However, it would seem odd to want to fish for AoO like that, as you are giving away a free attack at their highest attack bonus (not subject to MAP) It would seem like allowing a raise shield option to provoke an AoO.


Loreguard wrote:


However, it would seem odd to want to fish for AoO like that, as you are giving away a free attack at their highest attack bonus (not subject to MAP) It would seem like allowing a raise shield option to provoke an AoO.

it is definitely a narrow use, but soaking AoO for a squishier target seems viable in a pinch, also raise a shield doesn't have the manipulate tag. They'd have to either give it an exception like release, or call parry its own action instead of interact. I can certainly see how they just threw on interact as a catch all, not thinking about the, hm, interaction, but I can also see it as a balancing effect for a defensive trait on a weapon. I think adding rules similar to uncanny dodge would be more of class feat territory than weapon traits, but I like the idea.


If riposte attacks happened on a fail when welding a parry weapon, not just crit fail, I could see a point.


Pathfinder Lost Omens, Rulebook Subscriber

Doesn't make much sense as written.

There is an cognitive disconnect between taking an action that should make me less hittable giving someone an extra chance to hit me. Its not a great concept. As it stands it stands its way to situational, if parry granted an extra on demand reaction like shield block it might make more sense.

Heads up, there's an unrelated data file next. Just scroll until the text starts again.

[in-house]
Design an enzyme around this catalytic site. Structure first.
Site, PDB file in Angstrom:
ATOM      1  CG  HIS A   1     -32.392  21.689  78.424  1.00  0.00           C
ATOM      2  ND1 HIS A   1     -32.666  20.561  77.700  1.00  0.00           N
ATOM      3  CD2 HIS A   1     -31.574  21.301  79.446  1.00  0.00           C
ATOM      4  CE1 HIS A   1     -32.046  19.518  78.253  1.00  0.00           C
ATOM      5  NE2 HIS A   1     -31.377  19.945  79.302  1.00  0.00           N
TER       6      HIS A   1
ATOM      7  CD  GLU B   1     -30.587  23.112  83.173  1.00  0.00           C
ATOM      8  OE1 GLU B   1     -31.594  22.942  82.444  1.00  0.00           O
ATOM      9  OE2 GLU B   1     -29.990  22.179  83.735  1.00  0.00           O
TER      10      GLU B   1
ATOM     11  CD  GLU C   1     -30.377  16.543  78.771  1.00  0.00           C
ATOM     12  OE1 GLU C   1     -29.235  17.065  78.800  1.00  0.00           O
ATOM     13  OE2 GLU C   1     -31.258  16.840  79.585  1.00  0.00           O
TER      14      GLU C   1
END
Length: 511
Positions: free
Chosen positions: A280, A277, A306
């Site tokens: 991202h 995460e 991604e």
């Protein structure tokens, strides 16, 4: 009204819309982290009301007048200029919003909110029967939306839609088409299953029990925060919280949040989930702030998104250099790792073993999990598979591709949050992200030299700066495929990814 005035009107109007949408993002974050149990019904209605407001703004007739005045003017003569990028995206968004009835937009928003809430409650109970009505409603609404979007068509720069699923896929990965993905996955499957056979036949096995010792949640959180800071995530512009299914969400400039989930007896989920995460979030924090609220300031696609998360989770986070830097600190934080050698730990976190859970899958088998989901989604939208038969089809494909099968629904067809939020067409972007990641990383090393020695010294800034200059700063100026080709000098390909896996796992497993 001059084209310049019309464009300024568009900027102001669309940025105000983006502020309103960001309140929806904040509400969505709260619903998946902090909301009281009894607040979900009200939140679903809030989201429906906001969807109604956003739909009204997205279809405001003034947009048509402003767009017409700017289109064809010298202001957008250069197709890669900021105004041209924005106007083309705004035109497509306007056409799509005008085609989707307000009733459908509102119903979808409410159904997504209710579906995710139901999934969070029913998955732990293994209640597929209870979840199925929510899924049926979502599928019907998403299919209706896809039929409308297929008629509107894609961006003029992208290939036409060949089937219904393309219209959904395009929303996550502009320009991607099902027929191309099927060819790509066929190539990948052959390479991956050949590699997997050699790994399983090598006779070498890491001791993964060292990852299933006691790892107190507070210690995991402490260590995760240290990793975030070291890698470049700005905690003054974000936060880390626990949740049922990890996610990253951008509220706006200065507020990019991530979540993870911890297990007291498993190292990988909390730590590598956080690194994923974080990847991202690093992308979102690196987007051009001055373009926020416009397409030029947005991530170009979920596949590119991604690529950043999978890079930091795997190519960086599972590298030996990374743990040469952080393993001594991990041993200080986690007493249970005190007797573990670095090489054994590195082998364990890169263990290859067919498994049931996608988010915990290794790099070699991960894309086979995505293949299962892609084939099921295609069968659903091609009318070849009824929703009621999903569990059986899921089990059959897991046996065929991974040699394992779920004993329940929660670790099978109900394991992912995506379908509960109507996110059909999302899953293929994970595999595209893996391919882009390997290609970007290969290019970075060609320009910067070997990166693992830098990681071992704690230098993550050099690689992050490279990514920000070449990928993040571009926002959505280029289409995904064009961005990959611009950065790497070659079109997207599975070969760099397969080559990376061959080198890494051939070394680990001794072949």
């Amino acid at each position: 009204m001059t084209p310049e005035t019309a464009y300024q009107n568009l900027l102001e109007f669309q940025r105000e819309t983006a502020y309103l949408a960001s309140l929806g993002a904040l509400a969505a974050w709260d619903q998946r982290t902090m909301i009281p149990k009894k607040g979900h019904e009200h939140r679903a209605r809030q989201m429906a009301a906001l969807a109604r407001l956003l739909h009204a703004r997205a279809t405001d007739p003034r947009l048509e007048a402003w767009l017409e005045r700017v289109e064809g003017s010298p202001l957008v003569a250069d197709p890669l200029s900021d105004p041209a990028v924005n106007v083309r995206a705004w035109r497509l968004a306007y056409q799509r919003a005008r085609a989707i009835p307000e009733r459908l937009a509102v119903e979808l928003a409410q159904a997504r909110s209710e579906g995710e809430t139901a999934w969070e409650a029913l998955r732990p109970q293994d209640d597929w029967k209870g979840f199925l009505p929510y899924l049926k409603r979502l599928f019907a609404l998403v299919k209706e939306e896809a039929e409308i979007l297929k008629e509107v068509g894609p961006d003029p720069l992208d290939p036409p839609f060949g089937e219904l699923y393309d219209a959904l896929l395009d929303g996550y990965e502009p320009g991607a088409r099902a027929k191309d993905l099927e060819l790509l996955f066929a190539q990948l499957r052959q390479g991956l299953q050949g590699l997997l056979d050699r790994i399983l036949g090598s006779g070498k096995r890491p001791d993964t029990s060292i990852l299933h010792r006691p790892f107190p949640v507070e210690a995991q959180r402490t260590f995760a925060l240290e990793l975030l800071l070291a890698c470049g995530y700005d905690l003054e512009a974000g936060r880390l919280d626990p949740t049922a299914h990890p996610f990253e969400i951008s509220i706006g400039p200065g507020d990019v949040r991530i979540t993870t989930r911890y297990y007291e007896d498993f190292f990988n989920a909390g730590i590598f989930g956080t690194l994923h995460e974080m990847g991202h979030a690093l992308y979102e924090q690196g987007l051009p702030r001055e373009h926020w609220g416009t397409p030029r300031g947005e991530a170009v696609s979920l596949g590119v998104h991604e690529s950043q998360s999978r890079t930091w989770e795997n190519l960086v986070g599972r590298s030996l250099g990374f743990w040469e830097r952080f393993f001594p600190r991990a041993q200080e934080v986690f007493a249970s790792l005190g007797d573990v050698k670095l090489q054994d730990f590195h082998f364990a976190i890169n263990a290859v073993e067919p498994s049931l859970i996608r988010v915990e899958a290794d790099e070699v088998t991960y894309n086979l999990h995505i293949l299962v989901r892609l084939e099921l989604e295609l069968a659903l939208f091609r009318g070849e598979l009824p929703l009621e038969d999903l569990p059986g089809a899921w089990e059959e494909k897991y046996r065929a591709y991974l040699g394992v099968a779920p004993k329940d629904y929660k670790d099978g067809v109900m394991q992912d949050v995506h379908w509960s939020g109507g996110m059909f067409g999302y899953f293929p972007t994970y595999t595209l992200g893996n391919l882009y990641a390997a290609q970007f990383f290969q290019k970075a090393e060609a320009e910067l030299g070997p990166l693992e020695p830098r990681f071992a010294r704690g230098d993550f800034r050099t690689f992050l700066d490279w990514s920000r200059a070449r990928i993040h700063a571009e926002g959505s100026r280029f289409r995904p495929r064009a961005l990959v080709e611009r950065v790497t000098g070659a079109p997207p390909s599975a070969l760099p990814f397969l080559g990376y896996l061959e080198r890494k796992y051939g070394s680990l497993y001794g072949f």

It being a weak version of raise shield action without a reaction (shield block) is fine. It being on par with a buckler is fine since you can still use a buckler hand to manipulate or hold something else.

It doesn't need an additional penalty because it allows the option to duel wield, you can do that with a shield as it can be used as a weapon so not really a great trade off.

If parry granted the riposte reaction on a fail rather than crit fail I could see it needing some kind of additional balance. Or if it allowed you to roll to reduce damage as a reaction it might also need some balancing.

I am sure the provoke is an oversight, it doesn't make cognitive sense that a defensive option increases your chance to take damage.

Silver Crusade

Pathfinder Companion, Starfinder Adventure Path, Starfinder Roleplaying Game, Starfinder Society Subscriber; Pathfinder Roleplaying Game Superscriber

It does if it's intentional in order to goad someone into attacking you.


Pathfinder Lost Omens, Rulebook Subscriber
Rysky wrote:
It does if it's intentional in order to goad someone into attacking you.

That's not really a parry so much as a kind of feint. I used to fence, parry should be a reaction, not a raise weapon action. Also why would a character provoke someone into attacking me by trying to look defensive?

If I was trying to provoke someone into attacking me then shouldn't that give some reaction benefit to respond? To me that sounds like a deception activity closer to a feint. Its a mess of a concept as it.

Even with the current interpretation that it is somehow a way you hold your weapon to make you harder to hit doesn't gel well with provoke concept.

Silver Crusade

Pathfinder Companion, Starfinder Adventure Path, Starfinder Roleplaying Game, Starfinder Society Subscriber; Pathfinder Roleplaying Game Superscriber

It's because you're changing your handling, and thus the visual of there being an opening.

It's not a feint because you're not doing a fake out, you're legitimately doing something risky.

Liberty's Edge

ofMars wrote:
Being able to use double slice or other feats with similar requirements and still gain a circumstance bonus to AC seems reasonable to trigger a reaction

You can’t shield block with a parry weapon, though. And you don’t have to draw the shield, which both increases action economy and avoids the Attack of Opportunity that drawing the parry weapon ALSO provokes. Shields seem much better.